Soaring onto Switch screens and already surpassing a player base of five million as of June, Knockout City from EA and developer Velan Studios aims to turn the prestigious, thrilling sporting event of dodgeball into the next big multiplayer hit.
With a popping, bright presentation, gameplay modes that strike a nice balance between arcadey fun and competitive slugfests, and enough cosmetic rewards to keep you climbing that XP ladder, its round rubber projectiles hit all the right notes with painful efficiency. Welcome to Ouchtown. Population? You, bro.
Somewhere between classic deathmatch and extreme sports gameplay, Knockout City has fine-tuned core dodgeball mechanics that feel natural in an instant and are easy to understand. However, with spins, lobs, tackles and charged attacks to master, you’ll have to dodge, duck, dip and dive and dodge like Patches O’Houlihan himself if you want to be in with the chance of becoming MVP.
As you ascend from Average Joe to Purple Cobra — scoring XP from matches and missions completed — you’ll unlock different cosmetic items to personalise your character loadouts with, ranging from hairstyles, to outfits, to taunts and more. There are tons of contracts testing your skills in the field, and daily challenges incentivise you to dip in and out regularly.
Along with a rotating ‘Brawl Shop’ that you can purchase items from, the game replicates the successful Fortnite model, establishing a level playing field gameplay-wise but drawing you in with shiny new pieces of gear to make your character look that bit more intimidating out on the court. Additional ‘Holobux’ — the game’s currency — can be purchased if desired, as well as XP boosters to help you level up faster, but these can be earned easily enough through regular play and don’t feel intrusive.
The game introduces a multitude of elements to build upon the core concept of dodgeball, squeezing as much out of the gameplay as possible and keeping the central loop fresh and exciting. Various gameplay modes go in and out of rotation — from standard team affairs to diamond-collecting dashes and matches scarce of dodgeballs that force you to throw teammates.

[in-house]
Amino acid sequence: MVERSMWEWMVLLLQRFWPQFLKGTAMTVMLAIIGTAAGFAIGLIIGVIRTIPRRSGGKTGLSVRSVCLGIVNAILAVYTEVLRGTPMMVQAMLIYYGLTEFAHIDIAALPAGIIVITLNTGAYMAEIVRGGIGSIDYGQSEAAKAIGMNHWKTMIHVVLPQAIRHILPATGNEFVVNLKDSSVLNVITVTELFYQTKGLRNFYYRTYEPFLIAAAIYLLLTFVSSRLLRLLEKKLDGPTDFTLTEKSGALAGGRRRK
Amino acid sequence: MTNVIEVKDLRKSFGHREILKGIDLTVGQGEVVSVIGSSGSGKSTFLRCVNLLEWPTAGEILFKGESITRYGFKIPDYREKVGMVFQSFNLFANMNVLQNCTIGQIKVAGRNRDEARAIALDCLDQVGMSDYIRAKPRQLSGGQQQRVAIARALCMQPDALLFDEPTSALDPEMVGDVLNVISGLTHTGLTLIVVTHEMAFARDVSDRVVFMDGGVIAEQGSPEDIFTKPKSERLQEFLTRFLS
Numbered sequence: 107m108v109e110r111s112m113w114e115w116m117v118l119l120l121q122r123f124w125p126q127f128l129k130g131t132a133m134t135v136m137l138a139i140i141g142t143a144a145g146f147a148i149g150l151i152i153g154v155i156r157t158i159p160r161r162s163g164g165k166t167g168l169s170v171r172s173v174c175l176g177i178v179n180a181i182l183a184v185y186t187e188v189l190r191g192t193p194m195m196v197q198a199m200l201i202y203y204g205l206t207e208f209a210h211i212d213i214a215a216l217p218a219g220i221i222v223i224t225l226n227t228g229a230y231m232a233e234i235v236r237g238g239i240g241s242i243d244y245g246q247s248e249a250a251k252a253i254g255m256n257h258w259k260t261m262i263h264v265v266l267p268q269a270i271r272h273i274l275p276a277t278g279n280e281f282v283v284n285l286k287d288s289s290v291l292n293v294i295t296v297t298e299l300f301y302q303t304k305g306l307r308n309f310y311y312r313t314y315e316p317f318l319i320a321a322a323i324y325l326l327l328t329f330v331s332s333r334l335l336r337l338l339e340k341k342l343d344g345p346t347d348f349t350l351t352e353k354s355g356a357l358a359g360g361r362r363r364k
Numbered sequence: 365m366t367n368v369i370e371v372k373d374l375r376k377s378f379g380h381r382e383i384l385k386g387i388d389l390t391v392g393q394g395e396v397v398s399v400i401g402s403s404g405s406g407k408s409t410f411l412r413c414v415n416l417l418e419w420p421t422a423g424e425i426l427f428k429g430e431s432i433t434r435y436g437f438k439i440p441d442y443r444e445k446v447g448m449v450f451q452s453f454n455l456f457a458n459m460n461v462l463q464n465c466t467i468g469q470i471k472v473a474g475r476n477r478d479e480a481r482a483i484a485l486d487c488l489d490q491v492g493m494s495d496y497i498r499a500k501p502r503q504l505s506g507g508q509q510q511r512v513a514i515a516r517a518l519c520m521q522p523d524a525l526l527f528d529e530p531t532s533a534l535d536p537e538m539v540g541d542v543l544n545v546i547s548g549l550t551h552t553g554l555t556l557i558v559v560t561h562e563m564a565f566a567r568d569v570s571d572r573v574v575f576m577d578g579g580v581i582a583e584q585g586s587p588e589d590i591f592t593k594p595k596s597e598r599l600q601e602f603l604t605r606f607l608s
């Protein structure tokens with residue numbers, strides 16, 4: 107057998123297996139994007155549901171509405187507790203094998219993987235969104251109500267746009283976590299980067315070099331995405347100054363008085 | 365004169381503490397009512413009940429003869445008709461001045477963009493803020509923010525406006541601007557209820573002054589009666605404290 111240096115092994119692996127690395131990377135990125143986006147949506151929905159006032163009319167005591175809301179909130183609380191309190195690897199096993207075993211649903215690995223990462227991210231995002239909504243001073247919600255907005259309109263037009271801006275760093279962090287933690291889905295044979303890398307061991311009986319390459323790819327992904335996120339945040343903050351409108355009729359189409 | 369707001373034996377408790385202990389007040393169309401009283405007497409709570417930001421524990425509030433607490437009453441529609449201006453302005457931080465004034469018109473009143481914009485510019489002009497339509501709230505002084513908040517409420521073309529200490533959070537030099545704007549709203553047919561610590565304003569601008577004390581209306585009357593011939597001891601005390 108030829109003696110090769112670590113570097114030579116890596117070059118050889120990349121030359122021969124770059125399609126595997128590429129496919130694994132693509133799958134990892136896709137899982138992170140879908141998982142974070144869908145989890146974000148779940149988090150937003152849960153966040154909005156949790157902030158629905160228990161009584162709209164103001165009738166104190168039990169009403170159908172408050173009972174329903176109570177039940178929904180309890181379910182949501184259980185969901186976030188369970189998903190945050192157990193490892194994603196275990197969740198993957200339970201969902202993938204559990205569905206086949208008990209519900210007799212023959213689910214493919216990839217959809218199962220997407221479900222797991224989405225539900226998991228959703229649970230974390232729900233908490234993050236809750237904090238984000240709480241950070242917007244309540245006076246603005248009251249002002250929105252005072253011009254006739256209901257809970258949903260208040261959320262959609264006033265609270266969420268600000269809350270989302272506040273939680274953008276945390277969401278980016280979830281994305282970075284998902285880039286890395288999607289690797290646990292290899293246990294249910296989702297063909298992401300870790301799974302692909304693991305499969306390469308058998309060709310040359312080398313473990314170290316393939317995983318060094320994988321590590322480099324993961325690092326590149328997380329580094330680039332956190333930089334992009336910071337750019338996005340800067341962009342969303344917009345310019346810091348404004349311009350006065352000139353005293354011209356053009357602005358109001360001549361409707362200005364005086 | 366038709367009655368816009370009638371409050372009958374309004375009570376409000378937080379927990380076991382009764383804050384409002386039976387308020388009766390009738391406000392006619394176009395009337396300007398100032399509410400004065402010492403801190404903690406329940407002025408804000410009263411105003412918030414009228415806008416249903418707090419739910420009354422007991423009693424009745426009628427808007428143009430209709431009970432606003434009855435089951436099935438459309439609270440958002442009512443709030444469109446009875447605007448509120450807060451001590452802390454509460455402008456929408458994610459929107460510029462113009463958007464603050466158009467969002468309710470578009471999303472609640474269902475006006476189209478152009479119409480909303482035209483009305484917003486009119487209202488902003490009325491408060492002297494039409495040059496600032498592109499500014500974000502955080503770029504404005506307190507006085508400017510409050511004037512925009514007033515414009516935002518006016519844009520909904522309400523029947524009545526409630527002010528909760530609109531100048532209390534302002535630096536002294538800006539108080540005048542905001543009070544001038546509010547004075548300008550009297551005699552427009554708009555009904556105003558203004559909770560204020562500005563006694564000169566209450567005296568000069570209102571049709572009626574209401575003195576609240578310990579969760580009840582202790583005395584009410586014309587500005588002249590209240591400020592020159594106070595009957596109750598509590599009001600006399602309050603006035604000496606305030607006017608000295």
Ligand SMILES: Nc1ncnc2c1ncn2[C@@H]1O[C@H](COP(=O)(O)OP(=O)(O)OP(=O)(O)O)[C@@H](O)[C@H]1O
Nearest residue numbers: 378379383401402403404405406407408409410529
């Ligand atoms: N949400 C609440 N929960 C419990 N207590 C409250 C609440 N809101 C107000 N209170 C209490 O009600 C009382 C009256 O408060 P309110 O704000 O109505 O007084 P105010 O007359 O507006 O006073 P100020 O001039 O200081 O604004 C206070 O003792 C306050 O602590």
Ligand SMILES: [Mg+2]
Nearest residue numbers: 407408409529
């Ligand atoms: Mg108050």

There are also some distinctively designed maps to duke it out in, and even special dodgeballs that require close attention when countering or using, from gravity altering moon balls that allow you to float through the sky, to oval-shaped rugby ‘sniper’ balls that can speed right into an opponents face when successfully lined up and charged. The frantic chaos that these modifiers create is always good fun to play casually, but there’s also ranked league play for those that want to take things to the next level.
There are free-for-all and 1v1 ‘face-off’ matches to enjoy, but the game does inherently feel like a team sport, and jumping into online matches with random people can be a little annoying at times. The way you sync up, pass, and generally work together is key to success, and it can fall apart quickly if your group isn’t on the same wavelength.
It’s for this reason, then, that Knockout City encourages you squad up with its Crew feature, allowing you and your friends to come together in a team, with personalised rides, banners and logos to match. As well as nailing that ‘one more match’ gameplay loop to accrue XP and rewards, it’s also super fun to jump into a private match and duke it out Goldeneye-style, for ultimate bragging rights.
Knockout City’s performance on Switch is also an achievement. With their previous project Mario Kart Live using the hardware in such a unique way, perhaps developer Velan Studios have a deeper understanding of the platform, but the game feels built with the hybrid in mind. There’s both seamless cross-play and integrated voice chat, and you also have the option to switch between performance and graphics mode, favouring visuals or frame rate based on preference. The pressure is now on Mediatonic for the eventual release of Fall Guys on Switch. Sure, it’s an unfair comparison to make, but it’s still a relevant point to consider given the games will be competing for similar player bases.
Knockout City’s sound design deserves praise here, too. Aside from the wonderfully cheesy commentator, or the catchy music that raises tensions during battle, effects that trigger when an incoming attack is looming become familiar and reliable audio cues, and the sound of successfully pinging a dodgeball off an opponent’s bonce will never get old.
Overall, with stellar performance options on Switch and plenty of room to innovate and expand on the core, satisfying dodgeball formula going forward, Velan Studios and EA have established a solid foundation with Knockout City.
As an added incentive, the game is also completely free to play up until you reach level 25, so you have plenty of time to test the waters and commit if you decide you want more. It’s a bold strategy here from EA, let’s see if it pays off for them.
Knockout City £17.99
An addictive action-sports hybrid with plenty of customisation options, rotating gameplay modes and an exciting roadmap ahead, Knockout City earns its spot as a multiplayer mainstay in valuable Switch SD card real estate for the foreseeable future.